Blending marketing and software worlds together
Marketing is rapidly becoming one of the most technology dependent departments within companies. It is now a key driver of IT purchasing, and this trend is only expected to grow.
Marketing has evolved drastically over the last few years. Today’s marketers own more customer data and touch points than ever before, and more than any other department. Marketing has become a tech powered force, and technical capabilities are slowly being ingrained into marketing DNA.
This rapid switch has caused close relationships between marketing and IT departments. CMO’s have never been more likely to attend meetings alongside the CIO. Marketing is becoming a technology-driven discipline, where code and data become fundamental.
Nowadays, in the digital world, software is marketing’s eyes, ears, and hands. We can no longer afford ourselves to do something just because we think it may increase sales; we base our decisions on data and use powerful software to execute our marketing initiatives efficiently. Marketing software really helps us to simplify our day-to-day lives and save time on regular manual tasks, giving us an opportunity to focus on new campaigns and strategies. It helps us to avoid doing repetitive tasks instead allows us time for innovation, creativity, brainstorming, and putting some soul into our products and services. Due to marketing software, we can easily identify tactics that are driving new customers, converting leads, etc. And that means better ROI, and happier project managers.
New digital channels and devices, such as search engines, social media, mobile, etc. have complicated the journey of our customers. There is now such a vast level of information, it is no longer possible to manually sift through it all to separate what is essential data and what is not. We live in a very complicated and stressful world, but if we use marketing software to identify what information is really key for us, we can get 10 steps closer to our target. For example, it is no longer unfair to assume that by clicking on a t-shirt we like, we may well get recommendations based on our purchase history, preferences, and location. Could we have expected that even up to five years ago? Now, ease of purchase is a norm that is regularly implemented by marketing teams, because in the current climate, everything is done fast. We are in the era of short term gratification, folks, and if we are to meet the exceeding expectations of clients and customers, software will give us the time we need to not only meet demand, but also continue to innovate and grow for future challenges.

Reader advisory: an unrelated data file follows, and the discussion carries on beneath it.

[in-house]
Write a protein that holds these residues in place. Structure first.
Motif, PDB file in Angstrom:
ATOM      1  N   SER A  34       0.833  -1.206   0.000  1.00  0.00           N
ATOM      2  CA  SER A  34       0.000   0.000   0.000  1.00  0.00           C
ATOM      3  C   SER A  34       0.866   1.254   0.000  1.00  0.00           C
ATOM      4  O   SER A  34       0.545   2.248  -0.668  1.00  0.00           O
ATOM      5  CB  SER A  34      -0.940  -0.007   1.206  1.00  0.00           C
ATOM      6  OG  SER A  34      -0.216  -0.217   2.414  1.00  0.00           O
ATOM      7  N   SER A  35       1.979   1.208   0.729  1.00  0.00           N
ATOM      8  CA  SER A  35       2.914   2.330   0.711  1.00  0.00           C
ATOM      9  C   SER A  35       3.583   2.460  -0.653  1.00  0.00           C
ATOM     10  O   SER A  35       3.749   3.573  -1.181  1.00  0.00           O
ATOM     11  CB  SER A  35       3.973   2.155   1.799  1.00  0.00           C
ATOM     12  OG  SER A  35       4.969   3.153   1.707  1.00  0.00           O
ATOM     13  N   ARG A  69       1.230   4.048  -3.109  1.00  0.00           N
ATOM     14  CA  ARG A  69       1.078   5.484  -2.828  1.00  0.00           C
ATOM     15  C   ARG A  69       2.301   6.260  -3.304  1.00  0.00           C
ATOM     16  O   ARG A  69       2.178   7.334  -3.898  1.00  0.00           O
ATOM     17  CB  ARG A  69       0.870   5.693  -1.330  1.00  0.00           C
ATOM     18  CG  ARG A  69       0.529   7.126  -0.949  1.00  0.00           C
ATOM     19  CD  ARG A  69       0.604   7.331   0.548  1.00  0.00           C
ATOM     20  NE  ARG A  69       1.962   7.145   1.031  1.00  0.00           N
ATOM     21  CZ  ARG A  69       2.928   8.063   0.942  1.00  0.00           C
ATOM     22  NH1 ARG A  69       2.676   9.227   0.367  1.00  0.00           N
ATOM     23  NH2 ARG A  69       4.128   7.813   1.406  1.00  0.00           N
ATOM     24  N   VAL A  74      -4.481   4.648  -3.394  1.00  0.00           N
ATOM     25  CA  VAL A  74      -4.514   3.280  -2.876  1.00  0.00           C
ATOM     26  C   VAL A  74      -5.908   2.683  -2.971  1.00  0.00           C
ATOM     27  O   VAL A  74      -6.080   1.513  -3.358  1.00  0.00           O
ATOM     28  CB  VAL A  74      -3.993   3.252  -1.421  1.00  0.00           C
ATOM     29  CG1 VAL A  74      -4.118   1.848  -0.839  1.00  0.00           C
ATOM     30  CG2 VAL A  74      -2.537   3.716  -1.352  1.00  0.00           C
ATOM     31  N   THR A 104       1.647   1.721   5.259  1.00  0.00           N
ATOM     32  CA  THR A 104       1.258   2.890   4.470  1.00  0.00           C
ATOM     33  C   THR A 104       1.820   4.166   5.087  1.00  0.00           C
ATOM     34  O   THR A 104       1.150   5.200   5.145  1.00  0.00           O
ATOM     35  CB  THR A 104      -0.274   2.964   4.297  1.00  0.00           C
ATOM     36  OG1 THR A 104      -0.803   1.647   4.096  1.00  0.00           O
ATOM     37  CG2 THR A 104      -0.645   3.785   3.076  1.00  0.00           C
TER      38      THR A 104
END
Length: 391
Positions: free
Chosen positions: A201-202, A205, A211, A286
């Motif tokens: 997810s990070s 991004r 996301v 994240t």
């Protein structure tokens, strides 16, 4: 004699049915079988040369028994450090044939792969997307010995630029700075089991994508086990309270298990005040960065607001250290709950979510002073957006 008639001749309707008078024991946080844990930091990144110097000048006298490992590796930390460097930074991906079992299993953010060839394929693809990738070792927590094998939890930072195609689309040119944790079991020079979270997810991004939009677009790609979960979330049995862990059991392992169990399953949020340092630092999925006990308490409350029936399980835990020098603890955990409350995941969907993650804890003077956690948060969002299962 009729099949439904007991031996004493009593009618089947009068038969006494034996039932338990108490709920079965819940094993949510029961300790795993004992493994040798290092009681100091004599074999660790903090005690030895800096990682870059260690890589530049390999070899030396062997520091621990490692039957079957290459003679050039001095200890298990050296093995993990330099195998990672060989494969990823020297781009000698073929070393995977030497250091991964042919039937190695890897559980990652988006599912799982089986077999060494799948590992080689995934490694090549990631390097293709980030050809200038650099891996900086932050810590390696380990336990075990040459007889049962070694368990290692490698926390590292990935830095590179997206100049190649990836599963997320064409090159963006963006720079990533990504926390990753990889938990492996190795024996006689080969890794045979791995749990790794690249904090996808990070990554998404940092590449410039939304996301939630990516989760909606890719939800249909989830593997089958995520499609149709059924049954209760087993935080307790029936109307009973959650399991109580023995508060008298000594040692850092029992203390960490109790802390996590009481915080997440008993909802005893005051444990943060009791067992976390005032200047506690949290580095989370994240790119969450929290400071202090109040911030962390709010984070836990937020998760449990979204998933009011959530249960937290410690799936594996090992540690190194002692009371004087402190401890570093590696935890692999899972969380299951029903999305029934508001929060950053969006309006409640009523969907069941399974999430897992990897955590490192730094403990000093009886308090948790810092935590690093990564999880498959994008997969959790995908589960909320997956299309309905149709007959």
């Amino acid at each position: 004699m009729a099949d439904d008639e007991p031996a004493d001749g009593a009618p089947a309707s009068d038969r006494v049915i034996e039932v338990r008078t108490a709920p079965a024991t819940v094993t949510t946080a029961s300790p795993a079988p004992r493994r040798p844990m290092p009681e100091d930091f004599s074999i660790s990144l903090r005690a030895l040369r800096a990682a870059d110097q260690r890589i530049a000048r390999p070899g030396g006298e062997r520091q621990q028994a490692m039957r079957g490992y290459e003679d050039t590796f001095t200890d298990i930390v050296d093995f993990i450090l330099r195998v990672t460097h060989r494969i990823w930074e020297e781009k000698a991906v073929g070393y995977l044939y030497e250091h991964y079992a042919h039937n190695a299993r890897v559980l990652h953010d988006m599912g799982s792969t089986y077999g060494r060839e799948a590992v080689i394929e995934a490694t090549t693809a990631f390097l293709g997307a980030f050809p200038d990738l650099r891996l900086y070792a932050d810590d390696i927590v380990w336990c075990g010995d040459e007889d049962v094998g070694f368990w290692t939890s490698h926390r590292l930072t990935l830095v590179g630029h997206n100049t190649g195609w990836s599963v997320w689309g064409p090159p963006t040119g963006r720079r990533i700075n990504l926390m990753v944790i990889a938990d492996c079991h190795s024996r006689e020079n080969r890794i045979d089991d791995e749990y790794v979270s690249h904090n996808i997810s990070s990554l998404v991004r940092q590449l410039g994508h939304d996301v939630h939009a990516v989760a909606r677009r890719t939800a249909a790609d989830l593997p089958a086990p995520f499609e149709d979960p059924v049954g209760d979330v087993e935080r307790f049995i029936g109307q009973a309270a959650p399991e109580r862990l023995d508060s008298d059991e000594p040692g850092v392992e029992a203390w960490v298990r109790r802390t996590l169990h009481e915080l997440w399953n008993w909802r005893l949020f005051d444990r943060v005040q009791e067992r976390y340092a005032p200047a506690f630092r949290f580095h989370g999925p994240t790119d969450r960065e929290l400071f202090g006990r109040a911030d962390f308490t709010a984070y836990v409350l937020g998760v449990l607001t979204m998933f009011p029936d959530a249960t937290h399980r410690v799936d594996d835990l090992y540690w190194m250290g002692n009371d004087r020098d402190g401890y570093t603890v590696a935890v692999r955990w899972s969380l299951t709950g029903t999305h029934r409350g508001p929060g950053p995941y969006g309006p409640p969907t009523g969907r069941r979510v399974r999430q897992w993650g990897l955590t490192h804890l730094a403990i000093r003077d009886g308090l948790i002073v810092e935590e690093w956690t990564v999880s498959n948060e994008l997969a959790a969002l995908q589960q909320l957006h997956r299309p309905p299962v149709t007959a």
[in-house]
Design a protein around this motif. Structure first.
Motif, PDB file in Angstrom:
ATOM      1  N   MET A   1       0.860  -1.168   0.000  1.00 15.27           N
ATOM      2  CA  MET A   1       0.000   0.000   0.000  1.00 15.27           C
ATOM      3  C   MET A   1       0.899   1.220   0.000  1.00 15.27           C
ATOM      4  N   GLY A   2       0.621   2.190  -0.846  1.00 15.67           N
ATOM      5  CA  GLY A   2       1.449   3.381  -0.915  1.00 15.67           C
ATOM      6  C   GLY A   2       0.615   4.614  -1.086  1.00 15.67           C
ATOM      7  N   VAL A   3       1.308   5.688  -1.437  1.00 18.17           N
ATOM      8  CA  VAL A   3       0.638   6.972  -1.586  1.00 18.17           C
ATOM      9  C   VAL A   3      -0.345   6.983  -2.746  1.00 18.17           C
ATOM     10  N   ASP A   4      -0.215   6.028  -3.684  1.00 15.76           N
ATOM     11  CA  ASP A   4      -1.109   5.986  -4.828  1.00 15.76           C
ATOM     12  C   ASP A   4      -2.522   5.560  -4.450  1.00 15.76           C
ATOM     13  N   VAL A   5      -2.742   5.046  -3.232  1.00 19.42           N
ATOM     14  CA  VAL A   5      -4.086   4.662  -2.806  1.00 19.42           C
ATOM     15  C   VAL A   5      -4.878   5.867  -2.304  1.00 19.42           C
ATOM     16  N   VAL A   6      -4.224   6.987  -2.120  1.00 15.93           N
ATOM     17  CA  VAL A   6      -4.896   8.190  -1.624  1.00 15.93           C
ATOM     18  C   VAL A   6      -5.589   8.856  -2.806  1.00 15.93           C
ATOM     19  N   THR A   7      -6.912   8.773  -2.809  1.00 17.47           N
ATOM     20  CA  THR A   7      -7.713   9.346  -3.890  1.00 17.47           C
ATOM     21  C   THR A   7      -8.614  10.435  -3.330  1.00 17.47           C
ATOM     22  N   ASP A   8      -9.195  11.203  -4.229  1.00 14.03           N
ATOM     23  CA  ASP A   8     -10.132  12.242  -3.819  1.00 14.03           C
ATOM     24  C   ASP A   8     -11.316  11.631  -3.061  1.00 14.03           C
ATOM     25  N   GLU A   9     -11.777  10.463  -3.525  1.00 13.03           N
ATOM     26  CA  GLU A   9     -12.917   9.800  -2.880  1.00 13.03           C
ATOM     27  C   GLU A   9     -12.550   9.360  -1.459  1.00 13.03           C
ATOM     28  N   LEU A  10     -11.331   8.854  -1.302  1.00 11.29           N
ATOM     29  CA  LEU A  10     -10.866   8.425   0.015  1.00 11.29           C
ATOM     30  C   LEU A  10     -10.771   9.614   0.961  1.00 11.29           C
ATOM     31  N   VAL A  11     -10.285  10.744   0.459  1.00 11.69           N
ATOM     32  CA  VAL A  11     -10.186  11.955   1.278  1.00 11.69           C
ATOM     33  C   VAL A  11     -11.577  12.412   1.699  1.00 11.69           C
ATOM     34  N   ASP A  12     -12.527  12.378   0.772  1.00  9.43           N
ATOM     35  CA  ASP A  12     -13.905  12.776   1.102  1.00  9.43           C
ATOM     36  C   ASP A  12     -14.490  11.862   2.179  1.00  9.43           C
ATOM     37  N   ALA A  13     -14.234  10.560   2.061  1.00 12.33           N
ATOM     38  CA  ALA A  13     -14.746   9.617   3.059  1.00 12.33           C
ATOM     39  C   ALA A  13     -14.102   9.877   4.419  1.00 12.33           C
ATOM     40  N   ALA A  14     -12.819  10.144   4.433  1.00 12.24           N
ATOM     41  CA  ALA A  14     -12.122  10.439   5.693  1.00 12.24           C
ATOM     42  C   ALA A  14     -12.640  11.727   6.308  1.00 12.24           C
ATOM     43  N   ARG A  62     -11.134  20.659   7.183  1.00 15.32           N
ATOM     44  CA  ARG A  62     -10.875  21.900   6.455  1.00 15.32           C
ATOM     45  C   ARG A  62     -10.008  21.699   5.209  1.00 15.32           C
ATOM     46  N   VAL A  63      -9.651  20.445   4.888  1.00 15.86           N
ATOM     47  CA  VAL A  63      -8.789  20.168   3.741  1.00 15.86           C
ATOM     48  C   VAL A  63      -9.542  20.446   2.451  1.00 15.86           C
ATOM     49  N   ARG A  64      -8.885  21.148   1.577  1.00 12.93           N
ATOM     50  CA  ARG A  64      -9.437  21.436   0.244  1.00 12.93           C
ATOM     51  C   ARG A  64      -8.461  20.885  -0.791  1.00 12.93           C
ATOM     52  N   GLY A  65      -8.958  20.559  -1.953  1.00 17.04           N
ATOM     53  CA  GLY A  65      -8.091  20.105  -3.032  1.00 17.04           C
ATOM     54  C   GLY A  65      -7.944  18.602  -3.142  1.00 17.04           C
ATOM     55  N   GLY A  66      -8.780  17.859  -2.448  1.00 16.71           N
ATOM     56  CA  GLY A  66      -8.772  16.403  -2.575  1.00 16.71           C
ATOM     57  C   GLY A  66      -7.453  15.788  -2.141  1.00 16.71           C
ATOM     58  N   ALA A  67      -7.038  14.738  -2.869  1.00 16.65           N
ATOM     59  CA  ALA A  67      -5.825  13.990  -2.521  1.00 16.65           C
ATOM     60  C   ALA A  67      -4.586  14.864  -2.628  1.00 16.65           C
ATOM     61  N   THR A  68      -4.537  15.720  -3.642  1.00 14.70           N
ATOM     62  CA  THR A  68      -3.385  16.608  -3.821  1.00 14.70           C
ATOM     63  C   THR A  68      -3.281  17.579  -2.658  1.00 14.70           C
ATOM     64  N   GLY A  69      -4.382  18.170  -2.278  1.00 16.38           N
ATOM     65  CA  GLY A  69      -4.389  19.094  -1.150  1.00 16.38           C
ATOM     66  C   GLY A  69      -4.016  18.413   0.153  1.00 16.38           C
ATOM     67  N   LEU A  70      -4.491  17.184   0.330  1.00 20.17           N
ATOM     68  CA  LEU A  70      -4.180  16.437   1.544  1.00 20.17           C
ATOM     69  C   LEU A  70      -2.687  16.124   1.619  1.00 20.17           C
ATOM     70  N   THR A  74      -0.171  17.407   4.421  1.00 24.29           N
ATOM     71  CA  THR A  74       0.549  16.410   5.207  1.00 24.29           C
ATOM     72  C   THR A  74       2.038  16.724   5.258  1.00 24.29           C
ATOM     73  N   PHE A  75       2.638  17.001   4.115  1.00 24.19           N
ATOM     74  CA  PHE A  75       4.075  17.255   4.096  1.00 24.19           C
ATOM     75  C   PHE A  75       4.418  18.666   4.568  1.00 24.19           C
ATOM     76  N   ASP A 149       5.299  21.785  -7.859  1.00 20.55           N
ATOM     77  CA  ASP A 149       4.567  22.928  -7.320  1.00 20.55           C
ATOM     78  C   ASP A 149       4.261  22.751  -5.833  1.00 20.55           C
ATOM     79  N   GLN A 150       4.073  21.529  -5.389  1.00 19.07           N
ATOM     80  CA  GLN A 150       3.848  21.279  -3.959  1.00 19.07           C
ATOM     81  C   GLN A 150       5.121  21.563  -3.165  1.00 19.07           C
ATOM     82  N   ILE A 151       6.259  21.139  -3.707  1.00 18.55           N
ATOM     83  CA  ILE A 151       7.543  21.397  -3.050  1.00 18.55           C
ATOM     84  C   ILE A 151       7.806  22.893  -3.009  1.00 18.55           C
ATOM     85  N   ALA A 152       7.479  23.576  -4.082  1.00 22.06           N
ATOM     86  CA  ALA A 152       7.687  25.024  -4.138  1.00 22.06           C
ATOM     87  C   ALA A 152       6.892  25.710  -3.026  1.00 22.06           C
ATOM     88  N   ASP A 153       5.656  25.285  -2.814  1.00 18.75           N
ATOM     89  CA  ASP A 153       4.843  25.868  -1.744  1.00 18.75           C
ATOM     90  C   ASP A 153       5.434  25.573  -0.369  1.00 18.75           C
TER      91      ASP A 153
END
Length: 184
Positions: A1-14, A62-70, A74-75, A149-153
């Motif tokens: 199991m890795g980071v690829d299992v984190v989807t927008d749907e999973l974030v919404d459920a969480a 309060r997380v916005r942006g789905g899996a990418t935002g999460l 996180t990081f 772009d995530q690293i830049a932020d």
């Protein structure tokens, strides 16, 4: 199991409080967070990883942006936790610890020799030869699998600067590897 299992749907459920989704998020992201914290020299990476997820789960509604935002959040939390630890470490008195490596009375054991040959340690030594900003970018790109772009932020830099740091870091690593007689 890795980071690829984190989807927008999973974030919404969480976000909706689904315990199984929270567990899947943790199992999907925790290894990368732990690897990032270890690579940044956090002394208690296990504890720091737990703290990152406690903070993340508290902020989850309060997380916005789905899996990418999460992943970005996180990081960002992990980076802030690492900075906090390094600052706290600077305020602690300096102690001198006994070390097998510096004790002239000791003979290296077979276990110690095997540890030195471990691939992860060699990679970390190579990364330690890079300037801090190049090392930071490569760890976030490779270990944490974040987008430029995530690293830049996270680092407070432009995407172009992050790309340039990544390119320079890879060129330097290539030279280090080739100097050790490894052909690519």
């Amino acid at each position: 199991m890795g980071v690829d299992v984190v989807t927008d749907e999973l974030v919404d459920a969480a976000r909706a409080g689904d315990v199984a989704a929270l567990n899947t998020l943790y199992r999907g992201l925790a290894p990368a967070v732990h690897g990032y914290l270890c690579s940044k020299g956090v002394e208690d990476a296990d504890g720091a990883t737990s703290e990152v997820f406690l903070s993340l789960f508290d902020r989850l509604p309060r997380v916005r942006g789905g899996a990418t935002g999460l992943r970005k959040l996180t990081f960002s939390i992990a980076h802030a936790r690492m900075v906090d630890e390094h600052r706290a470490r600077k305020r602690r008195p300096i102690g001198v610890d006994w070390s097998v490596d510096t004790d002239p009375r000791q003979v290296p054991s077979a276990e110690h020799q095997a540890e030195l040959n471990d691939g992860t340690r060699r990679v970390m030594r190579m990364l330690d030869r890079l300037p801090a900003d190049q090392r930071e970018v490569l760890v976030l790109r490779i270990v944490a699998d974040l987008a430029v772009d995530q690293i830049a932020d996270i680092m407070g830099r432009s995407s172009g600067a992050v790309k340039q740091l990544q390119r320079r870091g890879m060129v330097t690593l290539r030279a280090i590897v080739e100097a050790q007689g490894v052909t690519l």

Marketing technologies provide the tools that enable marketers to… well… market. They automate difficult, time-consuming, and repetitive manual tasks to surface customer insight. Built by technologists, used by marketers. Marketing technology should aim to remove or significantly reduce the need for IT involvement. In short, it strives to keep marketing within marketing.
Divisions of Mar-Tech
Internal technology — what we use to manage and analyze marketing operations, such as SEO, competitive analysis, social media monitoring, etc.
External technology — what we use to reach our target and deliver our content: websites, ads, landing pages, email campaigns, apps, etc.
Product technology — what features we add to our products and services and how they impact marketing ecosystem. For example, social sharing features, location features with GPS. RFID and participation in the IoT or digital products with viral capabilities.